TechCrunch contributor Joyce Yang published a really interesting article on August 18th, which suggests that the largest implementation for cryptocurrencies and blockchains is gaming, at least in Asia, this is what drives forward technology adoption and growth. The article talks about Cryptokitties, whose co-creator Benny Giang has grown to a wide acceptance and adoption among both crypto and cat lovers. Started the expansion in China, Japan, and Korea, and according to TechCrunch this company is playing by the same or similar playbook as Uber, when it launched in China in 2014.
It talks about the types of investments ($12 million) that the game has received and used to fuel expansion into the Asian markets. It explains how companies can prosper and achieve greatness when they don’t need to worry about cash flow. At the same time, this is a sort of unresponsible, unpragmatic approach of startups (blockchain or otherwise) that equals to playing business with other people’s money. Investors are investing, but should it be game over, it’s game over, and the money is spent, and that’s a risk they are willing to accept.
With Cryptokitties though, the risks are easily mitigated in the minds of investors, as the main reason for capital investments in the company was the need for geographical expansion for a model which is already proven to be profitable, as Cryptokitties was in the green starting from week three, as evidenced by this discussion.
Crypto Gaming has a lot of potential in China and rest of Asia
TechCrunch’s article closely follows the spearheading path of Cryptokitties as they pave the way for other crypto-based games, but they also uncover a lot of interesting details about the market. First, the Asia crypto and blockchain regulations are better developed, somewhere for the better, somewhere for the worse. What is important is that governments actually have a stance on blockchain and cryptocurrency.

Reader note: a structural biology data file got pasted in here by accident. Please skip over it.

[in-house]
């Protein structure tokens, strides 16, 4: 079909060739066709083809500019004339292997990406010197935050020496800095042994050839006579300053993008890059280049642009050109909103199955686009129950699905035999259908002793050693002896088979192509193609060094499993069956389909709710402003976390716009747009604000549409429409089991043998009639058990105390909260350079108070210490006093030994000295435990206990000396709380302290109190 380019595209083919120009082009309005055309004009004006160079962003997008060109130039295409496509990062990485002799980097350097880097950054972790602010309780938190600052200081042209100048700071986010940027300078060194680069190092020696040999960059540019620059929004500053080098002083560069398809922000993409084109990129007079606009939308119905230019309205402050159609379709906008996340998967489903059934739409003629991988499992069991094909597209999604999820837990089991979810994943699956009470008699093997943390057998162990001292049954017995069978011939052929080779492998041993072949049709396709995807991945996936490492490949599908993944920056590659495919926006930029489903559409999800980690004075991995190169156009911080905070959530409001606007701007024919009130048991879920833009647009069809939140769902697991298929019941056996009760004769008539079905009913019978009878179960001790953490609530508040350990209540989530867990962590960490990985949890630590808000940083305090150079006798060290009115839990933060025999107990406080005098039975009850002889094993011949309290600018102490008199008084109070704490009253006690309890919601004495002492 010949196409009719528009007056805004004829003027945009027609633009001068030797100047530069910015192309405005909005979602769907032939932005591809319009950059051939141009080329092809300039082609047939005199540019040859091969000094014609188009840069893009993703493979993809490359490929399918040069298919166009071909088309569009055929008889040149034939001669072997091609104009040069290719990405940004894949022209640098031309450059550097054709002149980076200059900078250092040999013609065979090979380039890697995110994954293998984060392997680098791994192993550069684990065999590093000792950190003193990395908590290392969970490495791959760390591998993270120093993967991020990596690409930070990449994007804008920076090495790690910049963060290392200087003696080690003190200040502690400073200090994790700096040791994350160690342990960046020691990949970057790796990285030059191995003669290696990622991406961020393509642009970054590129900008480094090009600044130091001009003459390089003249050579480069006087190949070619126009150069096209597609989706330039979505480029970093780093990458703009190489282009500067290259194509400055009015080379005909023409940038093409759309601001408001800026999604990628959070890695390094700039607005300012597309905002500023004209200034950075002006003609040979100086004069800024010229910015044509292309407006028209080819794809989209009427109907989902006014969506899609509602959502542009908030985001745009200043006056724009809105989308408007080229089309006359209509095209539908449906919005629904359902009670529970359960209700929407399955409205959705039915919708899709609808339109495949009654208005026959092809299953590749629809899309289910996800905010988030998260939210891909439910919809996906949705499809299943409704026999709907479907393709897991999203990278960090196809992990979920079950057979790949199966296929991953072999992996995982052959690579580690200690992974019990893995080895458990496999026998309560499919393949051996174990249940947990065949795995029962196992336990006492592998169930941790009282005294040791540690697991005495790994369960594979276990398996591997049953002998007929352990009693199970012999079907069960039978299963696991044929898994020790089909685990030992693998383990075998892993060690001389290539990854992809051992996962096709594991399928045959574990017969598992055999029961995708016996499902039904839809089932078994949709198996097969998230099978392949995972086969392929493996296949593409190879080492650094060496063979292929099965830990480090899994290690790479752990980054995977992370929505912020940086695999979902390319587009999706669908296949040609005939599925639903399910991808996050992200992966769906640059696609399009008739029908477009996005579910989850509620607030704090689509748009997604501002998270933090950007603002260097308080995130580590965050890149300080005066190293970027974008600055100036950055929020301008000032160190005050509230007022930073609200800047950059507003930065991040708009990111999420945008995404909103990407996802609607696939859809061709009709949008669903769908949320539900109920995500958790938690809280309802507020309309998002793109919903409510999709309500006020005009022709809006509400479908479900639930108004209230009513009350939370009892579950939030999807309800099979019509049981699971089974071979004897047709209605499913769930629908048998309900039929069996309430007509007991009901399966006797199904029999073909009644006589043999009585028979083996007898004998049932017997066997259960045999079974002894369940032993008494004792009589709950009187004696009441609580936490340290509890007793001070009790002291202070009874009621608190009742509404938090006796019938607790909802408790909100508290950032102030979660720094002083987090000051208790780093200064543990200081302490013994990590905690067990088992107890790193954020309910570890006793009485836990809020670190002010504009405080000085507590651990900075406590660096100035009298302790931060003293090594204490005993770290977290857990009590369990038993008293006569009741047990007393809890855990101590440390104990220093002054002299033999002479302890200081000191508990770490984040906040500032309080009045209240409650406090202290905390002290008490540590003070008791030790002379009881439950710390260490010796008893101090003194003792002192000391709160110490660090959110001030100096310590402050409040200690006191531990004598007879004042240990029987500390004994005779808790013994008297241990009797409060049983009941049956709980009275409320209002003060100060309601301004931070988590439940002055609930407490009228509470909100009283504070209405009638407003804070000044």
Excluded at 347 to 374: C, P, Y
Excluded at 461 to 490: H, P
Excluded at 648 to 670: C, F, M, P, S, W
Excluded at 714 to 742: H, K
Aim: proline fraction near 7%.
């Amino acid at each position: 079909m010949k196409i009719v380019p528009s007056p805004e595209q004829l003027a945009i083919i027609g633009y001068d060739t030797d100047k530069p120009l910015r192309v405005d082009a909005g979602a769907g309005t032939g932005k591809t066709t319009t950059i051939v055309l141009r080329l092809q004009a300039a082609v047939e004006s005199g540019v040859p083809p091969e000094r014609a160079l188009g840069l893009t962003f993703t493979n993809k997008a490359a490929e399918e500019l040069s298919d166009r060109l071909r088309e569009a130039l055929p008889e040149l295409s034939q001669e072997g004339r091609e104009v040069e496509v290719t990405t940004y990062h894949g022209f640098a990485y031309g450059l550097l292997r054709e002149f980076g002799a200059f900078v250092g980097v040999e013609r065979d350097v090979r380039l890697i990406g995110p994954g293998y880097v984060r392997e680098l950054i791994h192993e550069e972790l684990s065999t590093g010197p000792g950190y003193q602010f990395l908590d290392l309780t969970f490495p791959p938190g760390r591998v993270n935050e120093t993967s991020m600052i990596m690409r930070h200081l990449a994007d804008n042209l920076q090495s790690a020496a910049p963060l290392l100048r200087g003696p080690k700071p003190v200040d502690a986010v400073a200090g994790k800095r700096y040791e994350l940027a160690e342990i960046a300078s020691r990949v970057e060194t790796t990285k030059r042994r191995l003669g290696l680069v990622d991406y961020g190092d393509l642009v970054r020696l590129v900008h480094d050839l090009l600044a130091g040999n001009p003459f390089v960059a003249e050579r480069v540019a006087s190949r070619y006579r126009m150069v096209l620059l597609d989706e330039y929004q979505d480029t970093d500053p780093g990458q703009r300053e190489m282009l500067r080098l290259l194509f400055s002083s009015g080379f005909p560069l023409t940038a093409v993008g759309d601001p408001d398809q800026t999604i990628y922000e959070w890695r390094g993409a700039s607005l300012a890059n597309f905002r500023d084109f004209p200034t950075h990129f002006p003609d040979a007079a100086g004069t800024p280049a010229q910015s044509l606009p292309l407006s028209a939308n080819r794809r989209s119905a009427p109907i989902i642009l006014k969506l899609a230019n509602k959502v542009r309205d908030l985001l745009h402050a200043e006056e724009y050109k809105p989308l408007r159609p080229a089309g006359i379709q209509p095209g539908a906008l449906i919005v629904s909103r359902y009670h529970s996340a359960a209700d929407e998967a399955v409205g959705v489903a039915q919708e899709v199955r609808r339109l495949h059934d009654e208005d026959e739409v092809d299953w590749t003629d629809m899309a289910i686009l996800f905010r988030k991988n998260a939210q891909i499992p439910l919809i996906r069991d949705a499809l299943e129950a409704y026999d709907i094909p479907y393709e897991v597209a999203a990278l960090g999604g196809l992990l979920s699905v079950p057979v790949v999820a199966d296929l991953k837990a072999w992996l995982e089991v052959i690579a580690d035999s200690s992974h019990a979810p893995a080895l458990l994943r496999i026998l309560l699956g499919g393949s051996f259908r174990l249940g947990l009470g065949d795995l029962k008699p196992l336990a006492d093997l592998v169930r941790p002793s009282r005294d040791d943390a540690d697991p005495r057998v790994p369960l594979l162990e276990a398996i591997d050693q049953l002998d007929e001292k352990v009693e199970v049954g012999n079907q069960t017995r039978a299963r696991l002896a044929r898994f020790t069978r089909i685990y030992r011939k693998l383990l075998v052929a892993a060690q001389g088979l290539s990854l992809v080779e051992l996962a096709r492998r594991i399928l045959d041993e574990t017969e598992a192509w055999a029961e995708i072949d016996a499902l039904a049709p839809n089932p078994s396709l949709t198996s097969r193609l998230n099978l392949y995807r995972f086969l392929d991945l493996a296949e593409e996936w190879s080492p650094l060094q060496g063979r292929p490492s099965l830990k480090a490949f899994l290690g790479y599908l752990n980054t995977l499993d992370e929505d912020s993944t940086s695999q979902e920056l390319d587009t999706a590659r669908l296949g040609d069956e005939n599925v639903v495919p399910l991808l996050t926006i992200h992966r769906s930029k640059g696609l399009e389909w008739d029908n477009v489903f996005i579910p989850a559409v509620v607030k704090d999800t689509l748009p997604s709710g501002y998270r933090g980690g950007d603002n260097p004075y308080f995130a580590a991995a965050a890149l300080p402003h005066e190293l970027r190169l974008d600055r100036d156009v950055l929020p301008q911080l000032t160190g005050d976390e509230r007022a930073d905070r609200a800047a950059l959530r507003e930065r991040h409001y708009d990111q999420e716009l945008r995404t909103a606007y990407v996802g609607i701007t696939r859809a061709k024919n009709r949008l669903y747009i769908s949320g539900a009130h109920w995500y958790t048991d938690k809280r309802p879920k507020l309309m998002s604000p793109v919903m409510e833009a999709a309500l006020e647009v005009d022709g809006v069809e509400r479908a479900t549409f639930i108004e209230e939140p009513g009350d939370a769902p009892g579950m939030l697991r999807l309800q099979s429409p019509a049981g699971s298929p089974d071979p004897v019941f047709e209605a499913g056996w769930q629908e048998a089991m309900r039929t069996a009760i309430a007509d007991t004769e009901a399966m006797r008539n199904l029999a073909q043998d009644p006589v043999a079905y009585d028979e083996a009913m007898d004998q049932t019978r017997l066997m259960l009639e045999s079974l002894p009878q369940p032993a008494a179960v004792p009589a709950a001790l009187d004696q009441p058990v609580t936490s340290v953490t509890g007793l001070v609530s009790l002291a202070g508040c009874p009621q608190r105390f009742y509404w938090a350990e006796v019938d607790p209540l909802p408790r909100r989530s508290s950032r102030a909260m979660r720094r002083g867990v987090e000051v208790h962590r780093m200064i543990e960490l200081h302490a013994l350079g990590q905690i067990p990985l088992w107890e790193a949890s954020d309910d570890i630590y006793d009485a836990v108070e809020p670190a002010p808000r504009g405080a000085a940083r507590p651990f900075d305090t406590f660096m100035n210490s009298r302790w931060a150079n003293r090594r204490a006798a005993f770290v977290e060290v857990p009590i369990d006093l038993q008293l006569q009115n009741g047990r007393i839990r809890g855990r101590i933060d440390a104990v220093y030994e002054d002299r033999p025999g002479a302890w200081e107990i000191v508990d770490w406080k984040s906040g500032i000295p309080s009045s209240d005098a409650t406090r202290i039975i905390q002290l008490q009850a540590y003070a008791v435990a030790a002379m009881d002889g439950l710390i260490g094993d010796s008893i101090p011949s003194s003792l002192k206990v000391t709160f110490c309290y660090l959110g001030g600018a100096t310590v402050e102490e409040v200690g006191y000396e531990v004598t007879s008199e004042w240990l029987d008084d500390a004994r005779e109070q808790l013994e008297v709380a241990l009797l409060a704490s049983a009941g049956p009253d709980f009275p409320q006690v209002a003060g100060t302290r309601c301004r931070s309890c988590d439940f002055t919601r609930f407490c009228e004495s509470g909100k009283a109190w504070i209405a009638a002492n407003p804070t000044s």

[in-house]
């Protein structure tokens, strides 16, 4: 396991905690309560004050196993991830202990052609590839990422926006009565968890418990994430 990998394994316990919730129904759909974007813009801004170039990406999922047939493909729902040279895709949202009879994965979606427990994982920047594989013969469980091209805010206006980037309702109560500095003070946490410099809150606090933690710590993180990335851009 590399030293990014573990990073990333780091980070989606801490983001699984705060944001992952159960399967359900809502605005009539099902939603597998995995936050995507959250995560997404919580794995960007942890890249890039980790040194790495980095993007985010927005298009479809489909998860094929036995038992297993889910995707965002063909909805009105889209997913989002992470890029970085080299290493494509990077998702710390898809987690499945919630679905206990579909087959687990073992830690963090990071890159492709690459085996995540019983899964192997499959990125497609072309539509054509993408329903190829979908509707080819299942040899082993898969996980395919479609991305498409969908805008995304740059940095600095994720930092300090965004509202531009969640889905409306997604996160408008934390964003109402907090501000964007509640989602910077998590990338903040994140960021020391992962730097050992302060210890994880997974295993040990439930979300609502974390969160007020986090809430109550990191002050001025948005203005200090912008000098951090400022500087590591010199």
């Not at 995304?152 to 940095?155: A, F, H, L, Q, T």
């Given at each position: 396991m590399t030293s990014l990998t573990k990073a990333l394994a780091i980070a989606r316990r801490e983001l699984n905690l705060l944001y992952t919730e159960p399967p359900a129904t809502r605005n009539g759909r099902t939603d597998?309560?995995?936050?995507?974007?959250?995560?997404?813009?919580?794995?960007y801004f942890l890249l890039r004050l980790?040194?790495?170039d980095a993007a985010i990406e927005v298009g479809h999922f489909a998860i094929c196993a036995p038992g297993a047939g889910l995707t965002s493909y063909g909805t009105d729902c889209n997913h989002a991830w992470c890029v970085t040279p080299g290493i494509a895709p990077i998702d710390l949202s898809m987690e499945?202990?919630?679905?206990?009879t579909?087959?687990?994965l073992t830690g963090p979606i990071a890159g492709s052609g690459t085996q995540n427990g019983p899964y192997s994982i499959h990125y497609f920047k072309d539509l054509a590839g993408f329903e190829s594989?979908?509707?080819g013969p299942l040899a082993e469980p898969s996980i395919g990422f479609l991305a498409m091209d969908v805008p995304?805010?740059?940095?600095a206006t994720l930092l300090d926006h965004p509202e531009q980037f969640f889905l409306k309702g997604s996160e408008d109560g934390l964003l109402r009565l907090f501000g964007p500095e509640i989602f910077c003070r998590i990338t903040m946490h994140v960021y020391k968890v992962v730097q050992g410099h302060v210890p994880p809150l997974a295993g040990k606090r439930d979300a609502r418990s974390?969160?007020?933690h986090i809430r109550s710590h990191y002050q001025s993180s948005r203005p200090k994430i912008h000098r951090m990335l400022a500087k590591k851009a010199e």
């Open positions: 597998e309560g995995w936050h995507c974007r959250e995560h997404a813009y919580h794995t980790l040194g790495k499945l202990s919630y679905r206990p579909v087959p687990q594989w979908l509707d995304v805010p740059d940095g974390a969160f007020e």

Second, the adoption of blockchain technology is skyrocketing in Asia, with the majority of the population being technologically advanced as a culture. They have a better opportunity to understand blockchain and crypto as the market is booming with new companies, there are many successful projects and of course Binance (which had to move, but still China is where it came from). Third, the amount of gamers in Asia is through the roof when compared to the rest of the world. In fact if you want anything to succeed then you need to make sure that there is some sort of gamified factor in your product or service that would appeal to the masses in Asia.
Local partnerships and key hires, key to success for Uber
Following the TechCrunch story, they explain how the Uber implementation was crucial in making the correct hypothesis to use for their research on the Asian markets. They quickly understood that they need to localize their approach to this marketplace, following the lessons that Uber had to learn the hard way. Uber had to exit the Chinese market because it failed to properly localize and charm the average Chinese citizen. They were fighting the competition head on, and in retrospect, a better approach would have been to partner up with them.